Remember that you want to stay well-nourished. Even if you have concerns about weight gain, you don’t want to skip meals or restrict food intake to the point that you are not nourishing yourself.
WATCHING YOUR WEIGHT // Memorial Sloan Kettering Cancer Center offers tips to manage weight gain during and after treatment. // Cancer.net explains how chemotherapy can lead to weight gain.
How can I start a conversation with my partner about sex?
DIANE CAMERON: This topic has been a passion of mine ever since my husband was diagnosed with colon cancer. When Dave was diagnosed, we’d been married less than six months, and we were romantic and sexual in our lives. One of the first things I thought was, “We will lose all of it. It will be gone out of fear, out of not knowing how the cancer would impact his body.” But what flared up in me was the idea that I was not going to lose the good in our relationship.
I started with humor, and so that may be a place for you to begin. Or if that’s not your style, perhaps you can find some outside information to help you raise the question of what this will mean for you and your sex life. This will also depend on what your sex life has been like. If you weren’t really talking about sex before, it might be hard to bring it up now.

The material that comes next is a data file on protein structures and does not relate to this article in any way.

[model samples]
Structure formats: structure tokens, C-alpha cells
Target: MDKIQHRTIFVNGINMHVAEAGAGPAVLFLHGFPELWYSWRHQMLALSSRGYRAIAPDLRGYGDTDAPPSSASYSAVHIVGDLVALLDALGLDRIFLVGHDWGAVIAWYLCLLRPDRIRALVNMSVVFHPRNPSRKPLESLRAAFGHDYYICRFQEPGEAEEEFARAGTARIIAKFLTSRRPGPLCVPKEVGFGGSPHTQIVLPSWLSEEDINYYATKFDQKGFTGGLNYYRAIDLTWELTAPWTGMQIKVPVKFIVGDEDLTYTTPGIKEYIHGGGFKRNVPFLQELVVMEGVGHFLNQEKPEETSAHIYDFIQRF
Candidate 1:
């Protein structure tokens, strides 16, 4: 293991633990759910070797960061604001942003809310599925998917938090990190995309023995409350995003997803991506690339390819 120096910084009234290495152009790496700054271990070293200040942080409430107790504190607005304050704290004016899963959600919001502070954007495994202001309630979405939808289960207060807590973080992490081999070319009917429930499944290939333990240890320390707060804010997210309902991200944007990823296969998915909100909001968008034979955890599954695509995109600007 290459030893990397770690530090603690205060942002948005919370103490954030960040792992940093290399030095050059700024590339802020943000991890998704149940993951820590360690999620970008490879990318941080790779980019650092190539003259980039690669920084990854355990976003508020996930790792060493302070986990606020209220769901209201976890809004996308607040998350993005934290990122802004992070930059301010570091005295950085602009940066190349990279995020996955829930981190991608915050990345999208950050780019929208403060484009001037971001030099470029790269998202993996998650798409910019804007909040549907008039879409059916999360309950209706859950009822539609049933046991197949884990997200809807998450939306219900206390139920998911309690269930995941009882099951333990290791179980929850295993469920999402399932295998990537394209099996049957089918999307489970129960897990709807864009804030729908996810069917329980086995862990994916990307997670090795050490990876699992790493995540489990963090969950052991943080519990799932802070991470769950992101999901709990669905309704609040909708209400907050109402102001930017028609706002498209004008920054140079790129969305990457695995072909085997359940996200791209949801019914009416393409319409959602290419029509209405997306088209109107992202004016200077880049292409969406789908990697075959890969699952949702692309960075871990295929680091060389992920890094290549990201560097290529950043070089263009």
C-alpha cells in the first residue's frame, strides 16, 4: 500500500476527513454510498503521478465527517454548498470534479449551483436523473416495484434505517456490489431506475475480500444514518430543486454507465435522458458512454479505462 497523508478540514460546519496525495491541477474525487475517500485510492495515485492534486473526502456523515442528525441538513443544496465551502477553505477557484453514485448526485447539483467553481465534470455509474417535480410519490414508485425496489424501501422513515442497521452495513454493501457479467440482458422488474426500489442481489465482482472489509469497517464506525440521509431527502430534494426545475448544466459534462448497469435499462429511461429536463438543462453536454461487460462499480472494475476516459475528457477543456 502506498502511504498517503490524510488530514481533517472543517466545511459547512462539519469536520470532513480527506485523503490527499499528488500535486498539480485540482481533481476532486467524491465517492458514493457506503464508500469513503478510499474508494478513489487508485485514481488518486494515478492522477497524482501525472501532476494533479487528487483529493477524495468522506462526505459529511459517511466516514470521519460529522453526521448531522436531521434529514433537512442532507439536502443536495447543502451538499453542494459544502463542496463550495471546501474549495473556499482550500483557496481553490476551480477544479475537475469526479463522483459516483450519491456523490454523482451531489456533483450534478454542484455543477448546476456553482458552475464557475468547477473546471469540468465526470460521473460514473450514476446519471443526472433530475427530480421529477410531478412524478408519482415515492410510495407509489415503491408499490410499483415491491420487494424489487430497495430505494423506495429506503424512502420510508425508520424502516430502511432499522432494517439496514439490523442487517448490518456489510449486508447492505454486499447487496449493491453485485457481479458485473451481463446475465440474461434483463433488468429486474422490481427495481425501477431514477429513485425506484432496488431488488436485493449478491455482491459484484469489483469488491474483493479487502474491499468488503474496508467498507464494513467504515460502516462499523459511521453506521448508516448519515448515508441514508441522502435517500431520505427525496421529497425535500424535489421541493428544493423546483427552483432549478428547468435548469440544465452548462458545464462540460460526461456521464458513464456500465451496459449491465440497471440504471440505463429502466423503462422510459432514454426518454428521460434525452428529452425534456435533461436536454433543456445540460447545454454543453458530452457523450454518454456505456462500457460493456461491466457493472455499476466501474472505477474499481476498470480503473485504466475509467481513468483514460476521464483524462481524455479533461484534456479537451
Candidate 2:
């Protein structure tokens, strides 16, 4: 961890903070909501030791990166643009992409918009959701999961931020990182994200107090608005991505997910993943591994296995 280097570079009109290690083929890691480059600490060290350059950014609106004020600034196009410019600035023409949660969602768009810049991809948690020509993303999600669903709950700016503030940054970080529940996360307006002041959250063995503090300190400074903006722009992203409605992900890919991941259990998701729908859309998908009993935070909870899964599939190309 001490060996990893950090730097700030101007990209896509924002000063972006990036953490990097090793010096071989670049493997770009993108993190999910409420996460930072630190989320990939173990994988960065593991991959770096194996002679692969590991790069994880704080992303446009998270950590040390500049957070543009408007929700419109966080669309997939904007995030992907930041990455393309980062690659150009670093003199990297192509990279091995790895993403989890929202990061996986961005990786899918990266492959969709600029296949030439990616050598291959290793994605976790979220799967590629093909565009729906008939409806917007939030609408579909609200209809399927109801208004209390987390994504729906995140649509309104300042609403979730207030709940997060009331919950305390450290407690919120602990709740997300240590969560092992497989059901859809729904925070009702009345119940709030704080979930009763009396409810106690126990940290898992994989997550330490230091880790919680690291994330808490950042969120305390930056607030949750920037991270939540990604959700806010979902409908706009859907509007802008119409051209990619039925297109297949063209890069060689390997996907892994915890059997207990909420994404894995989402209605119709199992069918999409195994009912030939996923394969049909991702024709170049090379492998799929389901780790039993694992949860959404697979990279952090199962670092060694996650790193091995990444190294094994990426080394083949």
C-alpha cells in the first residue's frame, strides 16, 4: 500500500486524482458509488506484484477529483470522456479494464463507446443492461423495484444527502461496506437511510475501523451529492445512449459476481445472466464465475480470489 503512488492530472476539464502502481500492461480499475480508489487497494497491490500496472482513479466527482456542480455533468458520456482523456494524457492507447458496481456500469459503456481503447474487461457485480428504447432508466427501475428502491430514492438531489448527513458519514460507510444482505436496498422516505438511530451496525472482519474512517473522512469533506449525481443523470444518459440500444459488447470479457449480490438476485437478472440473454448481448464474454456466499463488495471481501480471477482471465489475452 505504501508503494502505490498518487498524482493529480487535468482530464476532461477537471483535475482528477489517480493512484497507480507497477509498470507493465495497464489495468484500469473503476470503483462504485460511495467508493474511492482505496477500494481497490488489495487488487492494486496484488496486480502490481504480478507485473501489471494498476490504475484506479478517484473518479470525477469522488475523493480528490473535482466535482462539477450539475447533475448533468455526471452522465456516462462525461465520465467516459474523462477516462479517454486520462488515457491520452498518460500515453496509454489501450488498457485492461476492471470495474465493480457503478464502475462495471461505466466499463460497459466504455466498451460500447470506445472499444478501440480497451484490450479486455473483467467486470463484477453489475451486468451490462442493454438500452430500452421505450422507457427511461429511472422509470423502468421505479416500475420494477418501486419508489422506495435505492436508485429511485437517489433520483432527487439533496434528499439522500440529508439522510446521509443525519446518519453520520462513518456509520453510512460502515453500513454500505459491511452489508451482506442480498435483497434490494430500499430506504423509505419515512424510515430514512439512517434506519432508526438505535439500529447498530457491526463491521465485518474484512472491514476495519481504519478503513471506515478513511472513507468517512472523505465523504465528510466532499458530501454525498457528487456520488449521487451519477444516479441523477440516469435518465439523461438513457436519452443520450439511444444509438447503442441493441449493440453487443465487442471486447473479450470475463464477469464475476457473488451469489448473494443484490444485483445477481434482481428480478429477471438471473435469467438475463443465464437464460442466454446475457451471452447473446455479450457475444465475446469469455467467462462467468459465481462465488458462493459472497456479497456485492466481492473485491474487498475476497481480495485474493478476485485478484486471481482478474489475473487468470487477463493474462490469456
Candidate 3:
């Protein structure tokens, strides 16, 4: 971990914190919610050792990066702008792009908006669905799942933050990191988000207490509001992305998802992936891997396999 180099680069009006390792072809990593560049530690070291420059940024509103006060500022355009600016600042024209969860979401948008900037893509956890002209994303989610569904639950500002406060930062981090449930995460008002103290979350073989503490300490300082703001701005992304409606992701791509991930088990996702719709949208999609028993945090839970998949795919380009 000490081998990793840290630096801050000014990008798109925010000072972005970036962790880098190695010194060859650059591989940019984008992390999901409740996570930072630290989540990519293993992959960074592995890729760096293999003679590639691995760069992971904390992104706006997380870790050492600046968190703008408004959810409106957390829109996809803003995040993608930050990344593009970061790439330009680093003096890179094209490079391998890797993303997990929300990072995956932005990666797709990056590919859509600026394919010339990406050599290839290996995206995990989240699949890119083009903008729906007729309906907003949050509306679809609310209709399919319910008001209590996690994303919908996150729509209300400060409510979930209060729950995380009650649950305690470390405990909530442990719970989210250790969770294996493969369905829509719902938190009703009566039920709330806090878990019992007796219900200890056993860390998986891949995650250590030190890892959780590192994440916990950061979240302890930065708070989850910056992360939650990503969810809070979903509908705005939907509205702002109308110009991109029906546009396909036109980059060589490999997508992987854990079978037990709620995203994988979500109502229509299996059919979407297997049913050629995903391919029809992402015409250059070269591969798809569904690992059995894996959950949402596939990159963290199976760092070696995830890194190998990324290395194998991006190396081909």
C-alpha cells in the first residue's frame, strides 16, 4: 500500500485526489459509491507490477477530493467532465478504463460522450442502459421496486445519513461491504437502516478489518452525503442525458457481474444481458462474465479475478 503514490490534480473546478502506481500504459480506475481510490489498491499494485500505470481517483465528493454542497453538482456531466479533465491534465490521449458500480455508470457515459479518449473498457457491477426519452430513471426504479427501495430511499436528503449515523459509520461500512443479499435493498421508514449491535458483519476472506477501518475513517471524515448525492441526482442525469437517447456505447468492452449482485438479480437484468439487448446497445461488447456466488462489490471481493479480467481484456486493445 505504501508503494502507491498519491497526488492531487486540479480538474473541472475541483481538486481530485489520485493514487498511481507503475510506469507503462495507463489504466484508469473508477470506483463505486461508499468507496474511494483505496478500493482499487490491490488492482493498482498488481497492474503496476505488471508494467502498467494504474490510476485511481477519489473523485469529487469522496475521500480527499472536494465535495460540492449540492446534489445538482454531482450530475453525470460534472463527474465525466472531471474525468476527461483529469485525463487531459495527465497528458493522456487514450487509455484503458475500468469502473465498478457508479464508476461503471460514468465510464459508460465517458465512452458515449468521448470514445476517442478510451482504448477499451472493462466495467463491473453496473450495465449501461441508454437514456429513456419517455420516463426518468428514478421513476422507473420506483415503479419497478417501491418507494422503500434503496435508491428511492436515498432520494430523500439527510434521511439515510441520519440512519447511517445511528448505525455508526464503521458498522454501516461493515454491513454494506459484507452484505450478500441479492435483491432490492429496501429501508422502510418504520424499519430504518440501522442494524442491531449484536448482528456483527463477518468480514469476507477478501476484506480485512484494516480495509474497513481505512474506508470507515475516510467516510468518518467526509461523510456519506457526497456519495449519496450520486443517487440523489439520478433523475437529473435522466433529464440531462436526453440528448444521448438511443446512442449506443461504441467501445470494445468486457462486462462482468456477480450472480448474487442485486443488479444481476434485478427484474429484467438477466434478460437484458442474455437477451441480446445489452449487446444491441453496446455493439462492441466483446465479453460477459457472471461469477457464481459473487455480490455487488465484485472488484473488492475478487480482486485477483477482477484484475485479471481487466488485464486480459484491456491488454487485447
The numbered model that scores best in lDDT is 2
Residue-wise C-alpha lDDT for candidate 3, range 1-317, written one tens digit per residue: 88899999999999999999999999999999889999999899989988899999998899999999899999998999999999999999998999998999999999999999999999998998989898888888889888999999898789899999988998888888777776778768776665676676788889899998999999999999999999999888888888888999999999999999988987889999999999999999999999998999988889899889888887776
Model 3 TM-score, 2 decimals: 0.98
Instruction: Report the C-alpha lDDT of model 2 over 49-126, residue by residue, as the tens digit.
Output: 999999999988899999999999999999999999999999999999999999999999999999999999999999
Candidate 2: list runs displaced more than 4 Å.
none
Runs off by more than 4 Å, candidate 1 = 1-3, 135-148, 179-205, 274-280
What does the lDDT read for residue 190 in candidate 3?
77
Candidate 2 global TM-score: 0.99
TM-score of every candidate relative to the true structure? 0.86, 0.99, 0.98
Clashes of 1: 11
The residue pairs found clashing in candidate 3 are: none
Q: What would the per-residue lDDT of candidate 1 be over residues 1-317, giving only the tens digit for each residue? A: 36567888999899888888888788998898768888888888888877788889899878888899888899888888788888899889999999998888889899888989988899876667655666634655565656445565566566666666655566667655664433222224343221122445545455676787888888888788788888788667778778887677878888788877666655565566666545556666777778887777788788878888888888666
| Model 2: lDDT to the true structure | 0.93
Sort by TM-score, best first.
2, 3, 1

Either way, I’d recommend that you choose your moment and location carefully. I’d say not in bed, for sure. If you are looking for an opportunity to bring up the topic, maybe look for moments on TV and use them to say, “Hey, what about us?” Ask your partner if this is something you can talk about. Tell him or her that this is something you’ve been worried about.
One thing to keep in mind is that you don’t want it to come out in anger. And even if you’ve confided in a friend first, it’s best not to say, “I was talking to so-and-so about this.”